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WEDNESDAY, 16 APR 2014
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Military launches Samaha probe
Former MP and Cabinet Minister Michel Samaha. (The Daily Star,HO)
Former MP and Cabinet Minister Michel Samaha. (The Daily Star,HO)
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BEIRUT: A military judge begins investigations Monday into former Minister Michel Samaha, who along with a high-ranking Syrian military official, was formally charged in a terror plot aimed at destabilizing Lebanon.

Prime Minister Najib Mikati said Sunday that the results of the investigation would determine the stance to be taken in order to defend the country’s sovereignty.

The charges against Samaha, a longtime ally and friend of Syrian President Bashar Assad, and the chief of Syrian National Security Bureau Maj. Gen. Ali Mamlouk, threaten to further strain the already tense relations between Lebanon and Syria following a series of deadly incidents on the shared border between the two countries.

Samaha’s reported confessions to his involvement in the terror plot sparked calls by some March 14 politicians for Lebanon to sever ties with the Assad regime.

Military Judge Riad Abu Ghida begins investigation with Samaha Monday, Justice Minister Shakib Qortbawi said. Speaking in an interview with Al-Jadeed TV Sunday night, Qortbawi said he did not know what was the outcome of preliminary interrogation with Samaha despite a deluge of media leaks that began shortly after the former minister and lawmaker was taken by members of the Internal Security Forces’ Information Branch last week from his summer residence in Metn’s Khanshara-Jwar to ISF headquarters in Beirut for questioning.

Samaha, a former MP and two-time information minister, was charged Saturday by Lebanon’s Military Tribunal with plotting to assassinate political and religious figures in the country and planning terrorist attacks.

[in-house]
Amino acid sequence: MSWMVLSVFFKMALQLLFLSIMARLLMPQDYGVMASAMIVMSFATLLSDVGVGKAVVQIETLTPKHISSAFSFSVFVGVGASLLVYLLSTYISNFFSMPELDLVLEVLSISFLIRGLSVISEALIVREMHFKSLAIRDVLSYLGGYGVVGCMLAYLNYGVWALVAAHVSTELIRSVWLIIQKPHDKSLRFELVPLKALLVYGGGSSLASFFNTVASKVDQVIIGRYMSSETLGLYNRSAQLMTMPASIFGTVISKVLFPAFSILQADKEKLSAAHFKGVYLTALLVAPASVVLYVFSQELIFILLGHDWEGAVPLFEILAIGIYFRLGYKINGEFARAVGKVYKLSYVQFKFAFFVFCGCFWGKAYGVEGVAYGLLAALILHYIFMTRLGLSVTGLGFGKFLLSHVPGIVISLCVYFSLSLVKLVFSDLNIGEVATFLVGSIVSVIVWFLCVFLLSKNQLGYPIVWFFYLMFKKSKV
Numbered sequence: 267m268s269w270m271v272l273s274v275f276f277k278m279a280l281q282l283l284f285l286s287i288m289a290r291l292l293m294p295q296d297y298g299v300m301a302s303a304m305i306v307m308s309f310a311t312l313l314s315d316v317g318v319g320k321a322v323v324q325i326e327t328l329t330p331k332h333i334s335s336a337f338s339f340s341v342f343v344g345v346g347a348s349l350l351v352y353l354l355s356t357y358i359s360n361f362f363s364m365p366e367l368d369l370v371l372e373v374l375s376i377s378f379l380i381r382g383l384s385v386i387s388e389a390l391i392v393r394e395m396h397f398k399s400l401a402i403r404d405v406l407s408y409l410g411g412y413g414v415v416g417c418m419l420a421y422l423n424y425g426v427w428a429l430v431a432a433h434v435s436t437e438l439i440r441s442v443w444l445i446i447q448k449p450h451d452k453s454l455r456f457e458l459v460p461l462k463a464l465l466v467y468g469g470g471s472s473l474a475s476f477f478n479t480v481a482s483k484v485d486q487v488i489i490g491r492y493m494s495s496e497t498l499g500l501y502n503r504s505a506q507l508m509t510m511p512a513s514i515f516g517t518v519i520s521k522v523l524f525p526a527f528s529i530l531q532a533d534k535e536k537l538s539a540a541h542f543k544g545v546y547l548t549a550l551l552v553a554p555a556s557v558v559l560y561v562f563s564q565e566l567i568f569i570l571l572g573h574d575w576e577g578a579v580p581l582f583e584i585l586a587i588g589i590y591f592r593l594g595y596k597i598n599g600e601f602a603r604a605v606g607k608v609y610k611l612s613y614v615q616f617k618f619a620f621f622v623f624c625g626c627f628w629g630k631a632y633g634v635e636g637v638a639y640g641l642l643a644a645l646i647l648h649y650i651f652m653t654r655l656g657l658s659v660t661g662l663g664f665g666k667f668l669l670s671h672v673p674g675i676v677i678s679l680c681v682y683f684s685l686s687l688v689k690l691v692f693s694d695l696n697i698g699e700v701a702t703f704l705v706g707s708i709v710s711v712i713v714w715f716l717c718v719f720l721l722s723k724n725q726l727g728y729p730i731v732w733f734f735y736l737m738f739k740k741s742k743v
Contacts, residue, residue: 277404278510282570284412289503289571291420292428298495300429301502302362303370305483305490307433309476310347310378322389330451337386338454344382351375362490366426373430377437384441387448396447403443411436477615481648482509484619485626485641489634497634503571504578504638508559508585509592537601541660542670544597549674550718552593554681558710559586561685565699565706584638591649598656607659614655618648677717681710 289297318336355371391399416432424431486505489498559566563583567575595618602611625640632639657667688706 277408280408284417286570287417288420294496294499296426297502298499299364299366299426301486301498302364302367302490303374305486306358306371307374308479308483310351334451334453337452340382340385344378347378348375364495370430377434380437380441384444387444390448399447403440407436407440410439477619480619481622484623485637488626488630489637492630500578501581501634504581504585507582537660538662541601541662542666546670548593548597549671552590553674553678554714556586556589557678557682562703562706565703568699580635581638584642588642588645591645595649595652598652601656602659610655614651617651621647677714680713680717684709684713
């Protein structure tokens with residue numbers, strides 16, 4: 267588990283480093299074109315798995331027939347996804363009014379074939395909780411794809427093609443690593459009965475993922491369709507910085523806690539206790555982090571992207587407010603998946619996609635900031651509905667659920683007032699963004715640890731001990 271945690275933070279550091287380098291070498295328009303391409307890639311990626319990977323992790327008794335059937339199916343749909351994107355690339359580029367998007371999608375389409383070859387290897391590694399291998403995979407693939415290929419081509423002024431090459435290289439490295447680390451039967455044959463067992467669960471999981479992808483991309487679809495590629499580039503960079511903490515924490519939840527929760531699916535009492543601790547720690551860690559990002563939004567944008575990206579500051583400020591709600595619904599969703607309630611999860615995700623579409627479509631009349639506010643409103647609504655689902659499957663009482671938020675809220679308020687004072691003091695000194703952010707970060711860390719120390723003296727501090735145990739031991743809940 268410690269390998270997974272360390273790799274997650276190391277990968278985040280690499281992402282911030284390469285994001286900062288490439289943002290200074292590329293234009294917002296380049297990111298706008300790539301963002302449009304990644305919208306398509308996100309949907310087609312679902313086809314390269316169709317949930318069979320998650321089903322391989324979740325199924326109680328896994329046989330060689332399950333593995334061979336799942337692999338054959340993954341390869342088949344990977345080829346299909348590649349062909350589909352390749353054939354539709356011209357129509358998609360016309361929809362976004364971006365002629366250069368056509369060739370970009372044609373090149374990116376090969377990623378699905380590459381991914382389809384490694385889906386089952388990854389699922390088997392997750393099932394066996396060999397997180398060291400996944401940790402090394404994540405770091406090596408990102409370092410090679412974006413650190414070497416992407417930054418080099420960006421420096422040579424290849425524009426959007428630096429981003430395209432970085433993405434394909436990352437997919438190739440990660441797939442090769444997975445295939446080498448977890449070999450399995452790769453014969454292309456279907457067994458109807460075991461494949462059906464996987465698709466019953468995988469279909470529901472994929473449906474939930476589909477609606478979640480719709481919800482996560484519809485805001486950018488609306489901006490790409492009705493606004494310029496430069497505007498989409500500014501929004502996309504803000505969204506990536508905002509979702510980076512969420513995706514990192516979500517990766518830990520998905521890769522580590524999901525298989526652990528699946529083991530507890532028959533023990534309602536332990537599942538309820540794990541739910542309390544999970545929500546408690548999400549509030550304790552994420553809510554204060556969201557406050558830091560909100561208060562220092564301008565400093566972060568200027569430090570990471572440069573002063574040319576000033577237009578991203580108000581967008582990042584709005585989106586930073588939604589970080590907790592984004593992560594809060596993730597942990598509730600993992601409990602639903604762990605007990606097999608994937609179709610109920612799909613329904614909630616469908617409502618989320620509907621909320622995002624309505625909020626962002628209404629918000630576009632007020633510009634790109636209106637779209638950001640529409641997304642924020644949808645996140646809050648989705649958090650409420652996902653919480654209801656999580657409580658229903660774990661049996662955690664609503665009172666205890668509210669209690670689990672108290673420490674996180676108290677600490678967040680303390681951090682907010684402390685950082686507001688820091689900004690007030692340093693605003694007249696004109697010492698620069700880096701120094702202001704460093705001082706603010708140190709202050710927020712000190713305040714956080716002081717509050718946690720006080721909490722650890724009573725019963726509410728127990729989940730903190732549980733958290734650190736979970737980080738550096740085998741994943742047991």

In an unprecedented move, Mamlouk and a Syrian brigadier general, who was identified as Brig. Gen. Adnan, were also included in the indictment.

Judge Sami Sader, the government’s deputy commissioner at the Military Tribunal, also charged the three men with “creating an armed group aimed at committing crimes against the people and undermining the state’s authority.”

He also accused the three men of planning to “incite sectarian fighting through preparations to carry out terrorist attacks with explosives” Samaha transported to Lebanon and stored after taking possession of them from Mamlouk and Adnan.

Sader also charged the three men with “planning to kill religious and political figures and working with the intelligence of a foreign state [Syria] to carry out aggression against Lebanon.” Samaha was also accused of possessing unlicensed weapons.

Meanwhile, Mikati defended his government’s policy of dissociating Lebanon from the repercussions of the 17-month unrest in Syria. He said investigations into Samaha’s case would continue to the end in order to reveal the truth, pinpoint responsibilities and issue appropriate sentences in the case of “an attempt to destabilize Lebanon, stir up strife and put explosives in more than one area.”

“We have adopted the disassociation policy out of our conviction not to interfere in the affairs of others. Therefore, we will not allow anyone to interfere in our affairs or to turn Lebanon again into an arena for settling scores or to import external crises to it,” Mikati said in a statement.

“In light of the information and results, we will take a political stance and decision that is in tune with safeguarding Lebanon’s sovereignty and independence and not to allow anyone to jeopardize the security and safety of the Lebanese,” he added.

Mikati said he had instructed security authorities to conduct investigations to determine how these explosives entered Lebanon and tighten control of all border crossings with Syria.

Meanwhile, President Michel Sleiman described reports of plots to carry out bombings in Lebanon as “frightening.” He spoke during a meeting with ISF chief Maj. Gen. Ashraf Rifi and the head of the ISF’s Information Branch Brig. Gen. Wissam al-Hasan at the Beiteddine Palace Saturday. Sleiman praised the Information Branch’s discovery of the explosives which, he said, had averted strife.

For his part, Finance Minister Mohammad Safadi denied reports that Milad Kfouri, who sources identified as having provided incriminating footage in the Samaha case, was still in the minister’s employment.

Security sources told The Daily Star a member of the Kfouri family had provided what they described as incriminating evidence of Samaha saying Assad had desired bomb attacks in the country.

 
A version of this article appeared in the print edition of The Daily Star on August 13, 2012, on page 1.
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